Short history of Ruse
Humans have lived for millennias in Ruse and its surroundings. There are many traces of their presence – settlement mounds, towns, necropolises, monuments. It is not general knowledge that the city and the region have a unique cultural and historical heritage of national and world importance. There are also many places that are important to the local community for the formation of its cultural identity. Knowledge of the existence of these sites is paramount for their protection.
Rousse is an old Bulgarian port town on the Danube river. From time immemorial, people have settled down to the river, which gives them their livelihood – this is how a mound settlement was created in prehistoric times in the area. The found clay idols, fosterers of life, are now preserved in the Regional Museum of History in Ruse. The houses in the settlement mound were arranged in lines, creating streets. It is necessary to speak of a protocol on the territory of the Ruse settlement mound – five millennia BC.
At the beginning of the 1st century AD, the Romans established a military camp here, where the navy along the Lower Danube gathers during winter times. At the mouth of the river Rusenski Lom are anchored ships “pristis”, which gives the city its name — Sexaginta Prista, meaning Port of the sixty ships. According to others, the name “sixty ships” meant the number of ships with which a legion of soldiers could be carried. Recent archeological studies have shown that there was a Thracian settlement long before the arrival of the Romans on the high coast at the mouth of the river Rusenski Lom. It existed three centuries before the New Era and traded in the eastern Balkans – amphorae from Rhodes Island were found.
In the mid-15th century, the ruler of Wallachia Vlad III conquered Rousse and liberated it from the Ottomans. Here Vlad III for the first time demonstrated unprecedented cruelty to captive soldiers by grappling them – impaling them on stakes. Because of his actions in Ruse, the Vlad III got his moniker Tepes (the Impaler). His gloomy glory remains rather known to Europeans with the name Dracula.
From the sixteenth century onwards, the town on the right bank of the Danube River (present-day Ruse) is known by its Ottoman name Ruschuk. The harbor and the good conditions for wintering ships support the development of the city during the late Middle Ages, and the Ottoman Danube fleet is located in Ruse. However, the star of Ruse arose when, after the Crimean War of the mid-nineteenth century, the principalities of Wallachia and Moldova merged into a new country – Romania, with the capital Bucharest, located only 70 km away north of Ruse. By this time Austrian steamers had already made easy access to the culture of Central Europe, so Europe penetrated the Bulgarian lands precisely through Ruse – along the Danube and through Bucharest. For this reason, many first things for Bulgaria happened during the liberation – the first railroad and railway station are being built. A modern printing house opened, the first newspaper began publishing.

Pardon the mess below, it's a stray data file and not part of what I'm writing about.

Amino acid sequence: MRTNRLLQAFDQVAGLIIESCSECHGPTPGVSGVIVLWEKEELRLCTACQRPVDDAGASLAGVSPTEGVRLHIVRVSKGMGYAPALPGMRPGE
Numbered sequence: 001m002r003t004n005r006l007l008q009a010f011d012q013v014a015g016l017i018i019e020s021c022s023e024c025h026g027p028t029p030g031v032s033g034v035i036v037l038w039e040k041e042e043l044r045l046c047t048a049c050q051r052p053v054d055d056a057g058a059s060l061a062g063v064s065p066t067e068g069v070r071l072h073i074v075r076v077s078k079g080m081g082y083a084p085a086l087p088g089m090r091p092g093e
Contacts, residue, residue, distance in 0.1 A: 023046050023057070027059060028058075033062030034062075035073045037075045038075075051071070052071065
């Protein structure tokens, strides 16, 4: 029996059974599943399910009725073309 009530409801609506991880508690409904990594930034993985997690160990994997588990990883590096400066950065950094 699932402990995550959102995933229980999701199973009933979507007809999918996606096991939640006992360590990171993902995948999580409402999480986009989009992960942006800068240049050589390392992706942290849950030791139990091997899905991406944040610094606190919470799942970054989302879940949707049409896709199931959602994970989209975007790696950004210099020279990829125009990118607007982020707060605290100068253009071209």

As one of the main cities in the Ottoman Empire, Ruse has been gathering leading figures of the Bulgarian Revival, who have been in contact here with the rebels in Wallachia. The mythical Baba Tonka embodies the motherland whose children died for the revolution. After the Liberation, Ruse was the largest city in the Principality of Bulgaria, its economy was developing successfully, which reflected on the European appearance of its architecture. The development of the industry is the reason for the rich cultural life. In 1897 in Ruse a cinema was screened for the first time in Bulgaria. The Bulgarian Navy was formed in Rousse – commercial and military, which later became naval. After the foundation of the first private bank, the first private insurance company “Bulgaria” was formed.
Today, the citizens of Ruse are proud of their modern European city, which is also the burial site of many of the most prominent Bulgarian liberation heroes whose bones are kept in the Pantheon of National Revivalists; Today, the citizens draw a confident vision for development, describing the good example of the old citizens of Ruse, one of whom, Elias Canetti, is a Nobel Prize winner in literature.